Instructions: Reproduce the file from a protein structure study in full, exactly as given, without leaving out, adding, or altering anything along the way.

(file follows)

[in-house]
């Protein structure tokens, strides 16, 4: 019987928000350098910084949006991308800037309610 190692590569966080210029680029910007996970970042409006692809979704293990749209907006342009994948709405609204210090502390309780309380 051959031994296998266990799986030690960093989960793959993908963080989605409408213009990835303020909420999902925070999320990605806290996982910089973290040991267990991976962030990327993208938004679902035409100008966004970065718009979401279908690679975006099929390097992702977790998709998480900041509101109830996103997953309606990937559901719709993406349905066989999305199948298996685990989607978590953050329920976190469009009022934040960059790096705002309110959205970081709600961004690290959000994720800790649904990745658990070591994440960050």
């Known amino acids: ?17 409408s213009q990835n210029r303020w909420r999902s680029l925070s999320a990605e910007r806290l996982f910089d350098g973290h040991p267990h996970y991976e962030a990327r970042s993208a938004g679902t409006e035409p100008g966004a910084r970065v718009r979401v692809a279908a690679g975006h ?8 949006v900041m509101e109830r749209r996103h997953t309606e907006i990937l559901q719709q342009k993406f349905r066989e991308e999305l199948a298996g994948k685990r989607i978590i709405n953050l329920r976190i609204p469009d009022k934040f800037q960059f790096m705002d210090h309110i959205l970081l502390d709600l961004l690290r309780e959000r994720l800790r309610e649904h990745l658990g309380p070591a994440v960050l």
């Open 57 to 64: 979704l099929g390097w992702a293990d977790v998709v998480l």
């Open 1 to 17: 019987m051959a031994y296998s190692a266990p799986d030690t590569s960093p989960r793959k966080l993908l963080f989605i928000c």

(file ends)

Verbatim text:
[in-house]
């Protein structure tokens, strides 16, 4: 019987928000350098910084949006991308800037309610 190692590569966080210029680029910007996970970042409006692809979704293990749209907006342009994948709405609204210090502390309780309380 051959031994296998266990799986030690960093989960793959993908963080989605409408213009990835303020909420999902925070999320990605806290996982910089973290040991267990991976962030990327993208938004679902035409100008966004970065718009979401279908690679975006099929390097992702977790998709998480900041509101109830996103997953309606990937559901719709993406349905066989999305199948298996685990989607978590953050329920976190469009009022934040960059790096705002309110959205970081709600961004690290959000994720800790649904990745658990070591994440960050």
């Known amino acids: ?17 409408s213009q990835n210029r303020w909420r999902s680029l925070s999320a990605e910007r806290l996982f910089d350098g973290h040991p267990h996970y991976e962030a990327r970042s993208a938004g679902t409006e035409p100008g966004a910084r970065v718009r979401v692809a279908a690679g975006h ?8 949006v900041m509101e109830r749209r996103h997953t309606e907006i990937l559901q719709q342009k993406f349905r066989e991308e999305l199948a298996g994948k685990r989607i978590i709405n953050l329920r976190i609204p469009d009022k934040f800037q960059f790096m705002d210090h309110i959205l970081l502390d709600l961004l690290r309780e959000r994720l800790r309610e649904h990745l658990g309380p070591a994440v960050l």
């Open 57 to 64: 979704l099929g390097w992702a293990d977790v998709v998480l």
């Open 1 to 17: 019987m051959a031994y296998s190692a266990p799986d030690t590569s960093p989960r793959k966080l993908l963080f989605i928000c």